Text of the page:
The Healing Power of Green Spaces

Green spaces—gardens, parks, nature trails, urban forests—are a lifeline at any time but especially, as many of us have discovered, during a pandemic. If these spaces are part of everyday life, it can be as easy to take them for granted as it is to appreciate their value. You grow up with them and expect them to be there, visual backgrounds that may become routine, and as you benefit from them you may not consider their impact until a crisis forces reflection.

That impact is significant and is the focus of an expanding area of research. “How Immersion in Nature Benefits Your Health,”1 “Spending at least 120 minutes a week in green lobed leaves on branchnature is associated with good health and wellbeing,”2 and similar articles explore the positive health aspects of nature and gardens and landscapes.

For the gardener or landscape designer, the research findings might seem obvious, because they’re experienced with every minute spent working around plants. But for many, green spaces aren’t easy to access, they’re not part of one’s daily world, and the health benefits don’t exist. The Green Heart project3, mentioned in a previous post, is one study addressing this inequity by assessing the health benefits of planting trees in South Louisville, Kentucky, an area with limited green space and severe air pollution. The results may influence future green space design, including support for expanding access to green space to improve public health.

Gardeners and landscape designers have an opportunity to contribute to this effort now. Every garden adds square footage to a locality’s green space and every garden, whether wild or bird-friendly or traditional, educates neighbors and passersby on the power and beauty and impact of plants. Plot by plot, we can help build support for universal access to green space.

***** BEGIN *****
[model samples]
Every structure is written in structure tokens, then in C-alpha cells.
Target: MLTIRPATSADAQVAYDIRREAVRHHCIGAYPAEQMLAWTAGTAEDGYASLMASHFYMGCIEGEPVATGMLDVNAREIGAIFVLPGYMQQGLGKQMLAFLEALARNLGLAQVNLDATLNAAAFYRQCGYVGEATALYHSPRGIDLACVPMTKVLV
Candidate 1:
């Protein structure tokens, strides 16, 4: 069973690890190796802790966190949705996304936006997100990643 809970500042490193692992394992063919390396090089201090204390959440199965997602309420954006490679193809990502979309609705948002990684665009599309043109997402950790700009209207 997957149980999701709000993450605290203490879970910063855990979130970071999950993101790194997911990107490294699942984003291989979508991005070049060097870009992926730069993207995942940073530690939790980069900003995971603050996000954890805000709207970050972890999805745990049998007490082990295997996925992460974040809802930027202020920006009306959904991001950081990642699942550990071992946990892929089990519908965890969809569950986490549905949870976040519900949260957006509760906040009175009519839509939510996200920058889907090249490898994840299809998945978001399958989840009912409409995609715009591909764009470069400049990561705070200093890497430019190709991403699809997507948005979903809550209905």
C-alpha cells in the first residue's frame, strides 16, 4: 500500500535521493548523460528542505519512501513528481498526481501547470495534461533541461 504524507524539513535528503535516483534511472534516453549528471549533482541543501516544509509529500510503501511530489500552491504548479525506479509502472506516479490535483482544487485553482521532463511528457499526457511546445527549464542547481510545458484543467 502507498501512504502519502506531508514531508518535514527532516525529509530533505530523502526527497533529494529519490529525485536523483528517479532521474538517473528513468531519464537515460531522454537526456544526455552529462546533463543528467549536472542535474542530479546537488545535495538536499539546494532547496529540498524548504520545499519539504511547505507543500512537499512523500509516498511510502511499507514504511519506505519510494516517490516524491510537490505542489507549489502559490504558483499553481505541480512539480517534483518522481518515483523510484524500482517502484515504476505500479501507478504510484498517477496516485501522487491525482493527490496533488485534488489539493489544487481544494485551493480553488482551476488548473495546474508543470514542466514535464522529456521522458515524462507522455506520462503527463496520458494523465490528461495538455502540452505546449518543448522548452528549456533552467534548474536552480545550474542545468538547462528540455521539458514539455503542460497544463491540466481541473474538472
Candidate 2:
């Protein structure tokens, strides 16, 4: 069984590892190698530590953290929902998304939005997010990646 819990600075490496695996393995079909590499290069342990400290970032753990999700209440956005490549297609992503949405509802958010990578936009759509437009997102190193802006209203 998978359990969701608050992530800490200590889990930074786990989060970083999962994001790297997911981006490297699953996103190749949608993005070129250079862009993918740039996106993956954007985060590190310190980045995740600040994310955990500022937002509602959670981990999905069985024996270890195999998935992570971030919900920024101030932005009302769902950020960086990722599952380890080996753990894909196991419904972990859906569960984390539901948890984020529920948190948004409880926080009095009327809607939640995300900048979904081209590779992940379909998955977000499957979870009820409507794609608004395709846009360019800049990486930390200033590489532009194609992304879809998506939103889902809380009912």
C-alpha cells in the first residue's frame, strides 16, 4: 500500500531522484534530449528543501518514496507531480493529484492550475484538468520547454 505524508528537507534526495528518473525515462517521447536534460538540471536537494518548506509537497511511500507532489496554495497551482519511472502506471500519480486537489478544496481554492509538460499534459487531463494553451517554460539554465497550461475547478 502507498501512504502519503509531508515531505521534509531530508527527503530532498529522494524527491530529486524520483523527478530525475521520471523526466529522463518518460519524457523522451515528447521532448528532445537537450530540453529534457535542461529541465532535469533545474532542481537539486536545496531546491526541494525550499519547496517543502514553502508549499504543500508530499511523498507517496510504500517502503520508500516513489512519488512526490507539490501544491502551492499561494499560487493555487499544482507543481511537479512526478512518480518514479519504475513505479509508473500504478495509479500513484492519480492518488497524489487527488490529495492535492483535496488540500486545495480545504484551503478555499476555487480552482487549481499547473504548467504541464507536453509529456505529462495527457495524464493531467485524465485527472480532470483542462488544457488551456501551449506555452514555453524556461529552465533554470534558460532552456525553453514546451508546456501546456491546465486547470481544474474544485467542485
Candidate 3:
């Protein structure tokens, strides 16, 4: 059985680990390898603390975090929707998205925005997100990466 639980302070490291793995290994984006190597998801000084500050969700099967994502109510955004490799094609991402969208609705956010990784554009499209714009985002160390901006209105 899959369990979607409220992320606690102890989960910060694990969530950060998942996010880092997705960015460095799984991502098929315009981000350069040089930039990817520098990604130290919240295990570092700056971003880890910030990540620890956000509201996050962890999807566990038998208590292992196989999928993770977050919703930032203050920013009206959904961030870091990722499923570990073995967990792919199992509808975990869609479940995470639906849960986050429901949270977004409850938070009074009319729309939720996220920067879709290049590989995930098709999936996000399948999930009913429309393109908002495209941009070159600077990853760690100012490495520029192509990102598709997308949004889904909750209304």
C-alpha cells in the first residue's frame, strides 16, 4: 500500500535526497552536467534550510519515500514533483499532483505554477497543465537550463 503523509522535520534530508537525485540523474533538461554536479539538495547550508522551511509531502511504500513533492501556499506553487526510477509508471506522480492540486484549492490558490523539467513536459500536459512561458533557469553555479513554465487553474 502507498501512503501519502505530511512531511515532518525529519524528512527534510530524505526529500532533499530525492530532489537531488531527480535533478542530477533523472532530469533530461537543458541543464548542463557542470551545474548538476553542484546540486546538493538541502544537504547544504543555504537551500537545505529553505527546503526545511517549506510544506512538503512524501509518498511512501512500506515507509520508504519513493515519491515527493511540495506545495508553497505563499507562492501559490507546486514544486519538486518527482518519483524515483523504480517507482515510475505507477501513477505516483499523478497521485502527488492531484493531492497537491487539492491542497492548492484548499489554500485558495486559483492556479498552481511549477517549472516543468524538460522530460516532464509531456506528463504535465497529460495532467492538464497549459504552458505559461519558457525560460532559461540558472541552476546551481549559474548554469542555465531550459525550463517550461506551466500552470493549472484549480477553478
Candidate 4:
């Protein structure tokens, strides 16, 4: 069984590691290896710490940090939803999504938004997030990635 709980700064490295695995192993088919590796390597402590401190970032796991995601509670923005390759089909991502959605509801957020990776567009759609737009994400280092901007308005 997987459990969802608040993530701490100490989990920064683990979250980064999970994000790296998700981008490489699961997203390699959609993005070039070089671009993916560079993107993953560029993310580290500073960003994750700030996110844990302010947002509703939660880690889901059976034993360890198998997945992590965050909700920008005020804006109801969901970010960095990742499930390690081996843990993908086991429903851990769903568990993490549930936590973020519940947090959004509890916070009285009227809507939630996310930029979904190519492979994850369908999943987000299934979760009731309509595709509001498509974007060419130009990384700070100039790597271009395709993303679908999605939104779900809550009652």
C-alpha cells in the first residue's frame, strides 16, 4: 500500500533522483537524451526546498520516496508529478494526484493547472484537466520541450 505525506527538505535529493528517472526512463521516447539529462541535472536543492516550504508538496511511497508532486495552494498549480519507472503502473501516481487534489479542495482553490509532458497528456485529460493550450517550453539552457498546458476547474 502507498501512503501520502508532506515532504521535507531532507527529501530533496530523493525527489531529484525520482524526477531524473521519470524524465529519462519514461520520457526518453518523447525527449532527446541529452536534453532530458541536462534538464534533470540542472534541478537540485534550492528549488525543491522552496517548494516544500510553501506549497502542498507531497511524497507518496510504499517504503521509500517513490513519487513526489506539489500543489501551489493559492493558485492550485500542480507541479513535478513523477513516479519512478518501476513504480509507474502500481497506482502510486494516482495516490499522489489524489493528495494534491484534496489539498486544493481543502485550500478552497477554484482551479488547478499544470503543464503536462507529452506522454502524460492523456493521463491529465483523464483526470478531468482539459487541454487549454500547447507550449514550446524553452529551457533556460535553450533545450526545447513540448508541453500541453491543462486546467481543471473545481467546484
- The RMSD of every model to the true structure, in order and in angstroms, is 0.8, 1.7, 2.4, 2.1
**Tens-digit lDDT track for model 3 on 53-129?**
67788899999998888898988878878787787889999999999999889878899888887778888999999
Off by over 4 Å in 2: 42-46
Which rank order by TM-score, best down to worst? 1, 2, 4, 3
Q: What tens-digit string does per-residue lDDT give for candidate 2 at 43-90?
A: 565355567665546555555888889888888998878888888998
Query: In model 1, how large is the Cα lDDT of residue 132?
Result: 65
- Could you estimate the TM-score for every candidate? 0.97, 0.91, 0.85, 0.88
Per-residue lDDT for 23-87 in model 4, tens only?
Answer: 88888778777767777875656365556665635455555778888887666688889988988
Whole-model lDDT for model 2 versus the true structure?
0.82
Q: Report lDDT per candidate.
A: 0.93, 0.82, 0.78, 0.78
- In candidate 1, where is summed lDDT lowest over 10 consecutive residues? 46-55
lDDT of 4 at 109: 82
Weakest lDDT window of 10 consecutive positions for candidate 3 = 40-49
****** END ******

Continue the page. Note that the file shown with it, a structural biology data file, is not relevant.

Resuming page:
1. Robbins, Jim. “Ecopsychology: How Immersion in Nature Benefits Your Health.” Yale Environment 360. January 9, 2020. (Published at the Yale School of Forestry & Environmental Studies). Accessed June 20, 2020.

2. White, M.P., Alcock, I., Grellier, J. et al. Spending at least 120 minutes a week in nature is associated with good health and wellbeing. Sci Rep 9, 7730 (2019). Accessed June 20, 2020.

3. Edgecomb, Misty. “Journey to the Coronary Valley: Louisville’s Green Heart Project Tests Nature’s Role as a Prescription for Urban Health.” Perspectives. The Nature Conservancy. October 06, 2017. Accessed June 20, 2020.

If you’d like to read more . . .

Brindley, Paul et al. “Domestic gardens and self-reported health: a national population study.” Int J Health Geogr (2018) 17:31. Accessed June 21, 2020.

Carrus G, Scopelliti M, Panno A, Lafortezza R, Colangelo G, Pirchio S, Ferrini F, Salbitano F, Agrimi M, Portoghesi L, Semenzato P and Sanesi G. (2017) “A Different Way to Stay in Touch with ‘Urban Nature’: The Perceived Restorative Qualities of Botanical Gardens.” Front. Psychol. 8:914. Accessed June 21, 2020.

Frumkin, Howard et al. “Nature Contact and Human Health: A Research Agenda.” Environmental health perspectives. vol. 125,7 075001. 31 Jul. 2017. Accessed June 21, 2020.

Green, Jared. “Green Heart: First Major Clinical Study to Examine the Health Impact of Trees.” The Dirt. 12/18/2017. Accessed June 20, 2020.

Thompson, Richard. “Gardening for health: a regular dose of gardening.” Clinical medicine (London, England). vol. 18,3 (2018): 201-205. Accessed June 21, 2020.

“Tree Equity in America’s Cities – American Forests.” American Forests. Accessed July 18, 2020.

Twedt E, Rainey RM and Proffitt DR (2016). “Designed Natural Spaces: Informal Gardens Are Perceived to Be More Restorative than Formal Gardens.” Front. Psychol. 7:88. Accessed June 21, 2020.

Note: The original draft of this post was written on June 20, 2020.

Photo Attribution
Photo 1: Downloaded from Pexels – Source: Valeria Boltneva

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